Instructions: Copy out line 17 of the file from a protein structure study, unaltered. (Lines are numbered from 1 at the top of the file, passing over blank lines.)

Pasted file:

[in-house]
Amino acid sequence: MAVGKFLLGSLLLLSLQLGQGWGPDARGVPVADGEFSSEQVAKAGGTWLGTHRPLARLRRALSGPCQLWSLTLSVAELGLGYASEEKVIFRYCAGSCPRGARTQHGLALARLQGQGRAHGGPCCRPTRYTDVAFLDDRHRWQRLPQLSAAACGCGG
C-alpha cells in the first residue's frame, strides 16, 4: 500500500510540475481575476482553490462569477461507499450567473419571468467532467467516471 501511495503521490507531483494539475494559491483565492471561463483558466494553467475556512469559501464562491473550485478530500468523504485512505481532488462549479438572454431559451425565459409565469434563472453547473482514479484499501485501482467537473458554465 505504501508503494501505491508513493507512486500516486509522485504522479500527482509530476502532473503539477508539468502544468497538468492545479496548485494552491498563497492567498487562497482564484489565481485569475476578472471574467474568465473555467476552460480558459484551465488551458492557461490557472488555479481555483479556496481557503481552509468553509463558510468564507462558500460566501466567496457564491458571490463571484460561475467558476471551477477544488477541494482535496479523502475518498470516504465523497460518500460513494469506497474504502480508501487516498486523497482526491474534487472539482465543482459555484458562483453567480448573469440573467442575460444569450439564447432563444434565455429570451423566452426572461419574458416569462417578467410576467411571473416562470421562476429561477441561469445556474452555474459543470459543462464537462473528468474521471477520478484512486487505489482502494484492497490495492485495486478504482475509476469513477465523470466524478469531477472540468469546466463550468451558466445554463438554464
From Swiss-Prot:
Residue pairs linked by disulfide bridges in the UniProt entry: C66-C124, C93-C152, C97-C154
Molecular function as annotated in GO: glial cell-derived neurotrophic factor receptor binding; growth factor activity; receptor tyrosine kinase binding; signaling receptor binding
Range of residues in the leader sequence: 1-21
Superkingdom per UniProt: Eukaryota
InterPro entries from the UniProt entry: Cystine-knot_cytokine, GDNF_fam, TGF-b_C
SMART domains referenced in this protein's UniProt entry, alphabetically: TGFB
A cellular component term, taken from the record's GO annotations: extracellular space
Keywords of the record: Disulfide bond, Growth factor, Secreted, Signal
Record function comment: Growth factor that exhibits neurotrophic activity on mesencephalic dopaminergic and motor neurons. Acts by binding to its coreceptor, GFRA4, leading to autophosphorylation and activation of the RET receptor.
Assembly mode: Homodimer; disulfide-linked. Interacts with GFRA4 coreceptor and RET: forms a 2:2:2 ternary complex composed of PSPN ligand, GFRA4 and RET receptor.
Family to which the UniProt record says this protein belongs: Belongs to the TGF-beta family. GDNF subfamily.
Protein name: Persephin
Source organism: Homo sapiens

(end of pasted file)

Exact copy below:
Source organism: Homo sapiens